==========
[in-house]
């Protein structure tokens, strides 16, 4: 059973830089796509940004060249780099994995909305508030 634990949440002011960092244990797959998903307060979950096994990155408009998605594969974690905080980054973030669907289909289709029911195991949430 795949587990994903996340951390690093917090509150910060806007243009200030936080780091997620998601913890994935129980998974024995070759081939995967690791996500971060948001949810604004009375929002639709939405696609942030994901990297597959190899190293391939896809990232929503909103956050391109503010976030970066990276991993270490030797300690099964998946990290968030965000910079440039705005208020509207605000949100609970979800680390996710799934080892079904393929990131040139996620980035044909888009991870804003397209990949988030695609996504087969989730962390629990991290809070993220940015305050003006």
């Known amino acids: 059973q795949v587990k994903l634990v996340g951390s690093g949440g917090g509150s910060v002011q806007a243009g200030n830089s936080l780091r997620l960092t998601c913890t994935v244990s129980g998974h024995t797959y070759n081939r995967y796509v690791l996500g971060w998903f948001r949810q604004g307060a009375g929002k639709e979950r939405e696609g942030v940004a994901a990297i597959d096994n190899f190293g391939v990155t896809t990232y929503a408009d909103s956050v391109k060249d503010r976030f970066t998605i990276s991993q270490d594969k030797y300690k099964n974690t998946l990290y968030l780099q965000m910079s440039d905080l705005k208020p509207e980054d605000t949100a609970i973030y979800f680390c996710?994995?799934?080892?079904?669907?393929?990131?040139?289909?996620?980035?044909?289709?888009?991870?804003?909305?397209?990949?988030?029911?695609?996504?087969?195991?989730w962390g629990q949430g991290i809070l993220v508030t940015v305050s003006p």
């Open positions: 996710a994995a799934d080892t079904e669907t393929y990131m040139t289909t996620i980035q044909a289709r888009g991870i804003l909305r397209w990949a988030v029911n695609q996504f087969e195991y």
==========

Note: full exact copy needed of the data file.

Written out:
[in-house]
């Protein structure tokens, strides 16, 4: 059973830089796509940004060249780099994995909305508030 634990949440002011960092244990797959998903307060979950096994990155408009998605594969974690905080980054973030669907289909289709029911195991949430 795949587990994903996340951390690093917090509150910060806007243009200030936080780091997620998601913890994935129980998974024995070759081939995967690791996500971060948001949810604004009375929002639709939405696609942030994901990297597959190899190293391939896809990232929503909103956050391109503010976030970066990276991993270490030797300690099964998946990290968030965000910079440039705005208020509207605000949100609970979800680390996710799934080892079904393929990131040139996620980035044909888009991870804003397209990949988030695609996504087969989730962390629990991290809070993220940015305050003006």
């Known amino acids: 059973q795949v587990k994903l634990v996340g951390s690093g949440g917090g509150s910060v002011q806007a243009g200030n830089s936080l780091r997620l960092t998601c913890t994935v244990s129980g998974h024995t797959y070759n081939r995967y796509v690791l996500g971060w998903f948001r949810q604004g307060a009375g929002k639709e979950r939405e696609g942030v940004a994901a990297i597959d096994n190899f190293g391939v990155t896809t990232y929503a408009d909103s956050v391109k060249d503010r976030f970066t998605i990276s991993q270490d594969k030797y300690k099964n974690t998946l990290y968030l780099q965000m910079s440039d905080l705005k208020p509207e980054d605000t949100a609970i973030y979800f680390c996710?994995?799934?080892?079904?669907?393929?990131?040139?289909?996620?980035?044909?289709?888009?991870?804003?909305?397209?990949?988030?029911?695609?996504?087969?195991?989730w962390g629990q949430g991290i809070l993220v508030t940015v305050s003006p």
């Open positions: 996710a994995a799934d080892t079904e669907t393929y990131m040139t289909t996620i980035q044909a289709r888009g991870i804003l909305r397209w990949a988030v029911n695609q996504f087969e195991y």